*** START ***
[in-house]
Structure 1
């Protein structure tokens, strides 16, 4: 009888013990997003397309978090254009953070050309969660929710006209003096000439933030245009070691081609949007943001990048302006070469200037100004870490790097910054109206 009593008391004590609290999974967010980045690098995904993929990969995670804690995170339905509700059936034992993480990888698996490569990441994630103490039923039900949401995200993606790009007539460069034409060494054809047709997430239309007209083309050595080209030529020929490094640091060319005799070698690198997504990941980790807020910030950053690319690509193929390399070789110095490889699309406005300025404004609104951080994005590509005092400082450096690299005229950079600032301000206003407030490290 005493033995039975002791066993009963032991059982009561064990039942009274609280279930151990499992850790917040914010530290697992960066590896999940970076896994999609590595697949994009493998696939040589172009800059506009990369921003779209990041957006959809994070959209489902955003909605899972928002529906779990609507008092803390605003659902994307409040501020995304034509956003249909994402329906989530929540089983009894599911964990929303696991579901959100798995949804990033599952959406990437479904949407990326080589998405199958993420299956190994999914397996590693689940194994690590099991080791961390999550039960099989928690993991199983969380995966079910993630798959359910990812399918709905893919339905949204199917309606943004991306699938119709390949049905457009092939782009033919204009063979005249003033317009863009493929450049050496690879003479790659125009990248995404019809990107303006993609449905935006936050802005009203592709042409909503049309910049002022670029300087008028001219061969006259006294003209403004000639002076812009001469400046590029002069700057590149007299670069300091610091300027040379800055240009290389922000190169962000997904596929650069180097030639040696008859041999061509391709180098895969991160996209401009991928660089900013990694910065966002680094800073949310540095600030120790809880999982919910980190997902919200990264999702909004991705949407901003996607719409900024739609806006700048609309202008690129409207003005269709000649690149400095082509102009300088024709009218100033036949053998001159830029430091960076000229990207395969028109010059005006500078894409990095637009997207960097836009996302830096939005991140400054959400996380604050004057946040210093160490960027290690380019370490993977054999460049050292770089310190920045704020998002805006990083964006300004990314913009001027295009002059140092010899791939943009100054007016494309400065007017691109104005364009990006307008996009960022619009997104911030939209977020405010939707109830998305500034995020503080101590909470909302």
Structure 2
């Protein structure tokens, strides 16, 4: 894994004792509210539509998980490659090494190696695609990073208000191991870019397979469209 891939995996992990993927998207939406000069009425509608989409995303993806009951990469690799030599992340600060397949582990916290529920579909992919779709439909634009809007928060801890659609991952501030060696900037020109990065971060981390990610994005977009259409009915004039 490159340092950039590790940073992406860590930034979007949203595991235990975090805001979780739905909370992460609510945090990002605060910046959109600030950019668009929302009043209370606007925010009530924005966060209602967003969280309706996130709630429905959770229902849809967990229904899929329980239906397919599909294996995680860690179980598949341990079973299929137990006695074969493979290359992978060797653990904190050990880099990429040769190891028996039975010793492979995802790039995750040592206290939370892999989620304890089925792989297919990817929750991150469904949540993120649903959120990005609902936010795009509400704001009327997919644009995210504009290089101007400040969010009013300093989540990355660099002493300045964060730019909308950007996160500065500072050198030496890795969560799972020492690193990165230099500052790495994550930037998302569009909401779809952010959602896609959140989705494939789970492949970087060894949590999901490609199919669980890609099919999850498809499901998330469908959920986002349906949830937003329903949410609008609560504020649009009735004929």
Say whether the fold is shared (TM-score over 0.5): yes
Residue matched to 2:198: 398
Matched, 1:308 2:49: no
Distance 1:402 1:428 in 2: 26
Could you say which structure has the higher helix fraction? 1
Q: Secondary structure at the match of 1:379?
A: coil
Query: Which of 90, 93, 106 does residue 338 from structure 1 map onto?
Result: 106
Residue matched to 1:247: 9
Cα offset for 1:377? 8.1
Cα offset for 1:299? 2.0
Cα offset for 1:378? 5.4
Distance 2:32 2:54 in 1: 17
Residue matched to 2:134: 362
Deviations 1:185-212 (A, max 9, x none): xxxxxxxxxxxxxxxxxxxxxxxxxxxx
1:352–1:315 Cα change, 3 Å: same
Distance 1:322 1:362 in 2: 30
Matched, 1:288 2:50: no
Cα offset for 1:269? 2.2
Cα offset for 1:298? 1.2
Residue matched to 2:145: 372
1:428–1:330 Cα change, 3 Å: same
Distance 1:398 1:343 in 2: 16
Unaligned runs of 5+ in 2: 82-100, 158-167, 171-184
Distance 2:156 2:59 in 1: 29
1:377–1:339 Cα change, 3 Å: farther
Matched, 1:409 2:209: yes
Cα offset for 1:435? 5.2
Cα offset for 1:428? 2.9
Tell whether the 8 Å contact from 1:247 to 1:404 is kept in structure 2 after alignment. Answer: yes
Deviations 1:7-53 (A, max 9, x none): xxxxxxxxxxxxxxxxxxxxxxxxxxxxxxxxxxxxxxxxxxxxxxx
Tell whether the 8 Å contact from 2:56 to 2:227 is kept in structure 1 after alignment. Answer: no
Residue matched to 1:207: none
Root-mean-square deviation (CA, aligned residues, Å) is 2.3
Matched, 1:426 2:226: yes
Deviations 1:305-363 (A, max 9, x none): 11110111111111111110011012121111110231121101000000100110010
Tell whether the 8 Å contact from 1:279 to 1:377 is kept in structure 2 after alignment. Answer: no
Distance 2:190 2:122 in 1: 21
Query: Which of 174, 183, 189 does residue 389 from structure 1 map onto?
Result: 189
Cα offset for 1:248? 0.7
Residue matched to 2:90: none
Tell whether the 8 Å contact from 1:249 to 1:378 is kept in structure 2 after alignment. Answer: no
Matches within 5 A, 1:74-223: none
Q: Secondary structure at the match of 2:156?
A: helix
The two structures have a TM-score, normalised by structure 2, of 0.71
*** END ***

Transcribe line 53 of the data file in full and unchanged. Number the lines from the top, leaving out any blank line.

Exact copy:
The two structures have a TM-score, normalised by structure 2, of 0.71